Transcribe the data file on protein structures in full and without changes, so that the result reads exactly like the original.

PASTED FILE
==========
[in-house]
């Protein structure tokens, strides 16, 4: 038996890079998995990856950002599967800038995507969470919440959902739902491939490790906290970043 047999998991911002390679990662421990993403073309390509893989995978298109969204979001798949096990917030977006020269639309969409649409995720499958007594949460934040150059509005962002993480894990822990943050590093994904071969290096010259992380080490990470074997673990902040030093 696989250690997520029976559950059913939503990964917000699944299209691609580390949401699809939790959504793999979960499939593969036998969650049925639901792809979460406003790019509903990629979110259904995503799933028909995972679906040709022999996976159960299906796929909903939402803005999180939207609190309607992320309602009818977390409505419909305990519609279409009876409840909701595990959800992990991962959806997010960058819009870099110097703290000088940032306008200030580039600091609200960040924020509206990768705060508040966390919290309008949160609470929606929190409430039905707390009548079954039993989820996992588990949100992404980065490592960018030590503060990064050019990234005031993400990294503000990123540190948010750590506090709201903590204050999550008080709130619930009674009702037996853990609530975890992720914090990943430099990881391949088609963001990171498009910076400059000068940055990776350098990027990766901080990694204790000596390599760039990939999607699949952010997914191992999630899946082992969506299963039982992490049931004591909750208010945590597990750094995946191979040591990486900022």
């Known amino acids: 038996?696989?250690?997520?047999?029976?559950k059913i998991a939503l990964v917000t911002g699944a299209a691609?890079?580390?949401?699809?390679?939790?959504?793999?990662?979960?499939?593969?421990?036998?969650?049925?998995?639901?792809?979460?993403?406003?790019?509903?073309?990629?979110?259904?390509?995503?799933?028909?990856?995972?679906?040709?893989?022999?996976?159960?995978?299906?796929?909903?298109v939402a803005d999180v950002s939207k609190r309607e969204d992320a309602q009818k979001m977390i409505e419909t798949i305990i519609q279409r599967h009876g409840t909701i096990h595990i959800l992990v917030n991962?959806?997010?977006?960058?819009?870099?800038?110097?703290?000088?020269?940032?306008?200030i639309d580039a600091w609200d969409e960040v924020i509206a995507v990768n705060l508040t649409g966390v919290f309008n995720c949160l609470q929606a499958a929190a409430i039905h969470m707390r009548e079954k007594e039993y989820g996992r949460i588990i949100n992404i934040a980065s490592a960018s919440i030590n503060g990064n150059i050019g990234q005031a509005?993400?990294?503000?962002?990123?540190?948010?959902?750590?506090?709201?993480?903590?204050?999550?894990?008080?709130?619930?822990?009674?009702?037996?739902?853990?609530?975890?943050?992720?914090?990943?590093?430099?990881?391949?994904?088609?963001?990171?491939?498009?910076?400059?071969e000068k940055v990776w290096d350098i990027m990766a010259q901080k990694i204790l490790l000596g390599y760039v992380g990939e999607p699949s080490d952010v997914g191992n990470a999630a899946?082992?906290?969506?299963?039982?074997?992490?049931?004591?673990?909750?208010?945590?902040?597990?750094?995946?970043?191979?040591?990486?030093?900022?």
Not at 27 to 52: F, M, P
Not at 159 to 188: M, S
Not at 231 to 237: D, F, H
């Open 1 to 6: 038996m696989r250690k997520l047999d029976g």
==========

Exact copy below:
[in-house]
């Protein structure tokens, strides 16, 4: 038996890079998995990856950002599967800038995507969470919440959902739902491939490790906290970043 047999998991911002390679990662421990993403073309390509893989995978298109969204979001798949096990917030977006020269639309969409649409995720499958007594949460934040150059509005962002993480894990822990943050590093994904071969290096010259992380080490990470074997673990902040030093 696989250690997520029976559950059913939503990964917000699944299209691609580390949401699809939790959504793999979960499939593969036998969650049925639901792809979460406003790019509903990629979110259904995503799933028909995972679906040709022999996976159960299906796929909903939402803005999180939207609190309607992320309602009818977390409505419909305990519609279409009876409840909701595990959800992990991962959806997010960058819009870099110097703290000088940032306008200030580039600091609200960040924020509206990768705060508040966390919290309008949160609470929606929190409430039905707390009548079954039993989820996992588990949100992404980065490592960018030590503060990064050019990234005031993400990294503000990123540190948010750590506090709201903590204050999550008080709130619930009674009702037996853990609530975890992720914090990943430099990881391949088609963001990171498009910076400059000068940055990776350098990027990766901080990694204790000596390599760039990939999607699949952010997914191992999630899946082992969506299963039982992490049931004591909750208010945590597990750094995946191979040591990486900022």
């Known amino acids: 038996?696989?250690?997520?047999?029976?559950k059913i998991a939503l990964v917000t911002g699944a299209a691609?890079?580390?949401?699809?390679?939790?959504?793999?990662?979960?499939?593969?421990?036998?969650?049925?998995?639901?792809?979460?993403?406003?790019?509903?073309?990629?979110?259904?390509?995503?799933?028909?990856?995972?679906?040709?893989?022999?996976?159960?995978?299906?796929?909903?298109v939402a803005d999180v950002s939207k609190r309607e969204d992320a309602q009818k979001m977390i409505e419909t798949i305990i519609q279409r599967h009876g409840t909701i096990h595990i959800l992990v917030n991962?959806?997010?977006?960058?819009?870099?800038?110097?703290?000088?020269?940032?306008?200030i639309d580039a600091w609200d969409e960040v924020i509206a995507v990768n705060l508040t649409g966390v919290f309008n995720c949160l609470q929606a499958a929190a409430i039905h969470m707390r009548e079954k007594e039993y989820g996992r949460i588990i949100n992404i934040a980065s490592a960018s919440i030590n503060g990064n150059i050019g990234q005031a509005?993400?990294?503000?962002?990123?540190?948010?959902?750590?506090?709201?993480?903590?204050?999550?894990?008080?709130?619930?822990?009674?009702?037996?739902?853990?609530?975890?943050?992720?914090?990943?590093?430099?990881?391949?994904?088609?963001?990171?491939?498009?910076?400059?071969e000068k940055v990776w290096d350098i990027m990766a010259q901080k990694i204790l490790l000596g390599y760039v992380g990939e999607p699949s080490d952010v997914g191992n990470a999630a899946?082992?906290?969506?299963?039982?074997?992490?049931?004591?673990?909750?208010?945590?902040?597990?750094?995946?970043?191979?040591?990486?030093?900022?």
Not at 27 to 52: F, M, P
Not at 159 to 188: M, S
Not at 231 to 237: D, F, H
């Open 1 to 6: 038996m696989r250690k997520l047999d029976g």